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The Secret Online World Trying to Exploit Your Accounts

security data flow

It seems that every other week there is a news story about some company’s servers being hacked, exposing our personal information. The most egregious hacks are well publicized, like last year’s Equifax breach that exposed the personal information of virtually every American with a credit history. But our Social Security numbers are not the only thing hackers are after. We have lots of valuable information on the internet. From your Apple account to your credit cards, follow along to learn more about the secret world of hackers looking to exploit your accounts.

How breaches happen

Since the advent of the internet, computers around the world become more and more intertwined through a growing, powerful network. This means every computer from our personal laptop and desktop computers at home to major data processing mega computers run by banks and credit card companies is part of the growing network of the internet. This is a good thing because it gives consumers and businesses near-instant access to information. It enables services like Google, Netflix, Amazon, and Facebook. Our smartphones wouldn’t be very smart without a connection to the internet.

But if we can connect to the internet, so can bad guys around the world who want to use that data for malicious purposes. This includes groups like the hackers who broke into Target, Home Depot, and other retailer databases to steal payment information to sketchy data miners like Cambridge Analytics who hijacked Facebook user information to promote a political campaign.

Breaches usually don’t happen because of one or two little mistakes. They are generally the result of a confluence of events. That includes lax security practices at the “victim” and a targeted hacking effort by a malicious individual or group.

The worst information to lose is already public

Last year, Equifax was hacked in the most egregious example of a data breach in American history. The fallout is unprecedented, with credit data for 145 million Americans leaked in a failure of Equifax to maintain advised security standards. That hack included names, addresses, phone numbers, and social security numbers for virtually every American adult who has had a credit card or any other type of loan in the last ten years.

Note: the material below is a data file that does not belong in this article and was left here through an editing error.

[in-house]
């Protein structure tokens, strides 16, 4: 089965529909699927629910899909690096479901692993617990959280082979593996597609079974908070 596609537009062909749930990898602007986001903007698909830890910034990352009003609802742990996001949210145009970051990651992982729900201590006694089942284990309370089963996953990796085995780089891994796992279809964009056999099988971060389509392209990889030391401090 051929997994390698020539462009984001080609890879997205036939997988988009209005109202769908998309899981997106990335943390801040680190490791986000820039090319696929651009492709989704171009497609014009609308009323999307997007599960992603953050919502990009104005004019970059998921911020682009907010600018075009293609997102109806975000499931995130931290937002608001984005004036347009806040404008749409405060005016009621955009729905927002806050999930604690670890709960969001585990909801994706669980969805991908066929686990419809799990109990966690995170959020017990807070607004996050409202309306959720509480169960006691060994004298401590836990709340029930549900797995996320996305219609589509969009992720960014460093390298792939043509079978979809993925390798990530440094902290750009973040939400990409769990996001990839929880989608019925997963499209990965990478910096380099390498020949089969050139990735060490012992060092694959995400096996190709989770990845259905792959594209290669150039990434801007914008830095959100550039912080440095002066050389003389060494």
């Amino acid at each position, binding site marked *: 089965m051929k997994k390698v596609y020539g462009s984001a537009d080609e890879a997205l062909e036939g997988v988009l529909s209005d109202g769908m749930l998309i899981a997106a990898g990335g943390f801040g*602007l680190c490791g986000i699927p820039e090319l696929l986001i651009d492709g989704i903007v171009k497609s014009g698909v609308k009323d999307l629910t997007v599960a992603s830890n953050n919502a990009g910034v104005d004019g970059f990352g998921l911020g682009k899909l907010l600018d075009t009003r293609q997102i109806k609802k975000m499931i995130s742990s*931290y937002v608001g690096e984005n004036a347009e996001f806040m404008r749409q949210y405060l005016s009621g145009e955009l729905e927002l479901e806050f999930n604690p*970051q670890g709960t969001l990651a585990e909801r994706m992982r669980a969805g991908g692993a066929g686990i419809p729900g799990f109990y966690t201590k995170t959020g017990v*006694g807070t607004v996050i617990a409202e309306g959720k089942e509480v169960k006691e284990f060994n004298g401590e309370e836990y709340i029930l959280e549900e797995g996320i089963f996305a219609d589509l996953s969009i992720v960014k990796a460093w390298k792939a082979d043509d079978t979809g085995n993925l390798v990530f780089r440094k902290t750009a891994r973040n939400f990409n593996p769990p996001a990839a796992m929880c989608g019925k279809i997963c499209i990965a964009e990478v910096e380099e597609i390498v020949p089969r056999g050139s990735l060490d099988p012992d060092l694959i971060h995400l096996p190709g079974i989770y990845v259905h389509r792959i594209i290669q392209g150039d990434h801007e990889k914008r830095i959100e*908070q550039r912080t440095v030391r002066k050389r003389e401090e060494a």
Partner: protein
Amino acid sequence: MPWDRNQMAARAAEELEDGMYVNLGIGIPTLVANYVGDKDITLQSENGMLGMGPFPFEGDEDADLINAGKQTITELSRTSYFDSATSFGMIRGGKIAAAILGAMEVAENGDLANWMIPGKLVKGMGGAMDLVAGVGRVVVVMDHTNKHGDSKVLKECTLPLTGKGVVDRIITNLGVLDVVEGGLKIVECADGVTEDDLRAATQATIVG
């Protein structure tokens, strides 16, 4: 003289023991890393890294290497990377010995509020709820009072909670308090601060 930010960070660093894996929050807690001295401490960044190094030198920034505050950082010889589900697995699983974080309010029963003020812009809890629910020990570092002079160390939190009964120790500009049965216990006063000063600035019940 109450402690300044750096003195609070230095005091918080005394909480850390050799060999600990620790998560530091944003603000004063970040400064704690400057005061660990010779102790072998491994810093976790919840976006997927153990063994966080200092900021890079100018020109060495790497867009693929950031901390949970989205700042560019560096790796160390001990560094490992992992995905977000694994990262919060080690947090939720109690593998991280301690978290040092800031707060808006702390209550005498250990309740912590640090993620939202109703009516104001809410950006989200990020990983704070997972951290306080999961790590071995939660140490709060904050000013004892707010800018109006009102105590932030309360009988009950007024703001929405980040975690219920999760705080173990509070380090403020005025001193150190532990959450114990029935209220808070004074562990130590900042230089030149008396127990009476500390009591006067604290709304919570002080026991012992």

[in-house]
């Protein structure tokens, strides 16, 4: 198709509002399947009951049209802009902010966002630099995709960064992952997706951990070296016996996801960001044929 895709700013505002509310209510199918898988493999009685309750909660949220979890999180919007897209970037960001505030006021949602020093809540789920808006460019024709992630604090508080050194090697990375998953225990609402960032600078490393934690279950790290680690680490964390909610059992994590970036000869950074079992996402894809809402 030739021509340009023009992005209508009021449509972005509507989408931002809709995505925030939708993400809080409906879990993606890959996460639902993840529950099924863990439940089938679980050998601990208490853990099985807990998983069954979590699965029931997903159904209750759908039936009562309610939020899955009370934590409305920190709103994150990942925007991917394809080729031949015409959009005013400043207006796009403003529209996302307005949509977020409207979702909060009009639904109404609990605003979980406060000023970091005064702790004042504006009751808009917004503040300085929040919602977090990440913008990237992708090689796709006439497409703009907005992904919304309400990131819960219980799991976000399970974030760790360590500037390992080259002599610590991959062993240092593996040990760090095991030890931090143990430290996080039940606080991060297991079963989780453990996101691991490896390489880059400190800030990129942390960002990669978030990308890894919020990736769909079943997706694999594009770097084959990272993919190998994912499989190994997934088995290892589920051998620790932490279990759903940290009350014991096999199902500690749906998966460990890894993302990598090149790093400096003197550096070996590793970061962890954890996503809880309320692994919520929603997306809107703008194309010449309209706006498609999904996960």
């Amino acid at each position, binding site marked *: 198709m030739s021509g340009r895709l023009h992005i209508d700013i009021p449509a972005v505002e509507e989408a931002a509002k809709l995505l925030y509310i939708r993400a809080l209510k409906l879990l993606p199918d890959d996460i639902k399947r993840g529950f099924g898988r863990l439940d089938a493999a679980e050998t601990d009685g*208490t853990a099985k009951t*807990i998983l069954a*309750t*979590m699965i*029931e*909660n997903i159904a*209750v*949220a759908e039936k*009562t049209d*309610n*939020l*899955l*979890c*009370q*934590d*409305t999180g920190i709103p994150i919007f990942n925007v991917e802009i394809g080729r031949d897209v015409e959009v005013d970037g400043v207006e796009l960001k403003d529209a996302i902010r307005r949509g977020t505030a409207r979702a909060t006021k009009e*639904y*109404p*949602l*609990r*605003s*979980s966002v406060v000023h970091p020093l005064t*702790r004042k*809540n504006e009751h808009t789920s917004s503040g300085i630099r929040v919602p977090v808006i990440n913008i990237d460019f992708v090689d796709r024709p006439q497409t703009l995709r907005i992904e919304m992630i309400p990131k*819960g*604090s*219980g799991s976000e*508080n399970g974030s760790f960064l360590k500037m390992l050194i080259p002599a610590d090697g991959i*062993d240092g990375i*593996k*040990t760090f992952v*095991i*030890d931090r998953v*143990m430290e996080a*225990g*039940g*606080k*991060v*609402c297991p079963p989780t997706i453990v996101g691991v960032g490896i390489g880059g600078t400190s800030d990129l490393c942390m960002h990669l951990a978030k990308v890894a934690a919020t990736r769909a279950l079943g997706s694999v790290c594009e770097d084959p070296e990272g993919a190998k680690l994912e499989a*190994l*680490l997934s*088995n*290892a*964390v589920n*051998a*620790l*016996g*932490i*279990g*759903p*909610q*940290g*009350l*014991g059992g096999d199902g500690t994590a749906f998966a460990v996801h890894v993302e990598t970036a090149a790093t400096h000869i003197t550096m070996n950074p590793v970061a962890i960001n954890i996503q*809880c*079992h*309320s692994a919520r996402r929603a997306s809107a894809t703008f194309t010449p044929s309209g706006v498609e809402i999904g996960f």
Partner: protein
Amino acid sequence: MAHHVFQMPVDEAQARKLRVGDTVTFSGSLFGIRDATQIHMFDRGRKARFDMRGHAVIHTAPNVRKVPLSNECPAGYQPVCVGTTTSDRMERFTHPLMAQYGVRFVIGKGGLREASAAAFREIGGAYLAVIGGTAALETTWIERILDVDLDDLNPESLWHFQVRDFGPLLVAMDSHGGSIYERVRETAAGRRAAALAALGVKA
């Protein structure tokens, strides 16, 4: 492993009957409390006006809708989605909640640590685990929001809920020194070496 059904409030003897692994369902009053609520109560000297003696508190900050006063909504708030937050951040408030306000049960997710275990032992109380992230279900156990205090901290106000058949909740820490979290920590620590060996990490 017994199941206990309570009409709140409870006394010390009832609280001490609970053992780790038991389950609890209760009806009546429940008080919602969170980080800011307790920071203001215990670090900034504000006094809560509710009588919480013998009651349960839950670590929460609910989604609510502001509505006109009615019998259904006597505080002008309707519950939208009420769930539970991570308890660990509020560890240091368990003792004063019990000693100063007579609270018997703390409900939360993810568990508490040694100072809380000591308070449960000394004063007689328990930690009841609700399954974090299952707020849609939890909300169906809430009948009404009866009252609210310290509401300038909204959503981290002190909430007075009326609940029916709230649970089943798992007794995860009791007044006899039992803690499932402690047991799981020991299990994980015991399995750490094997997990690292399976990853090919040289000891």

But that doesn’t mean hackers are going to stop. They attack banks, governments, and other institutions regularly with an end goal of financial gain. In many cases, the computer hackers won’t exploit the data they find themselves. Instead, they will sell it to the highest bidder and accept payment in Bitcoin and other cryptocurrencies, making the transaction untraceable.

Data thieves don’t stop at social security numbers and other financial information, they target accounts like Netflix, Apple, and Google as well, according to a study by Top10VPN, a VPN review site. They went undercover in the “dark web” and found out what each account is worth.

What your accounts are worth online

What your accounts are worth online
Source: Top10VPN

Not surprising, shopping accounts are among the most expensive in the online black market. Accounts from eBay, Amazon, Costco, Walmart, and Macy’s give criminals access to a wide range of products and overnight shipping, all at your expense, before you or the credit card company identify the fraud. These accounts are worth anywhere from $2 each to $15 each.

The most valuable are financial accounts like PayPal, which can value in range from $35 for credit reports up to $247 for PayPal logins. With these logins, a thief can make withdrawals from your bank account, go shopping on your credit cards, and do a ton of damage before detection. I’m not sure why anyone would want a stolen Spotify or Plenty of Fish login, as those services are free, but even those are worth a little something to the right buyer.

Use strong password security to protect yourself

To avoid falling victim, you should use strong, unique passwords on every site. Using a password generator and a password wallet like LastPass or Dashlane, you can easily handle what would otherwise be a monumental task. You can use LastPass, for example, to generate a password when you sign up for a new site. You’ll save it to LastPass, and it will auto-fill the next time you visit the site’s login page.

With that in mind, you should have no problem using a unique, long password. With LastPass installed, you can setup password guidelines. You can use a 20 character, random string with letters, numbers, and symbols that is different on every site. If one site gets hacked, they won’t have access to all of your sites because none share the same password.

Also, use two-factor authentication where supported. This gives your accounts an extra layer of security. It relies on your phone being there physically during the login process, which should only happen when you are present.

Bad guys are out there but you don’t have to be a victim

Cybercriminals are a matter of fact, and hail from all corners of the Earth. From here in the United States to China, armies of hackers are hard at work trying to steal our data. With good password practices, you should still stay vigilant, but you have little to worry about.

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Personal Finance Expert
Eric Rosenberg is a personal finance expert. He received an MBA in Finance from the University of Denver in 2010. Since graduating he has been blogging about financial tips and tricks to help people understand money better. He is a debt master, insurance expert and currently writes for most of the top financial publications on the planet.

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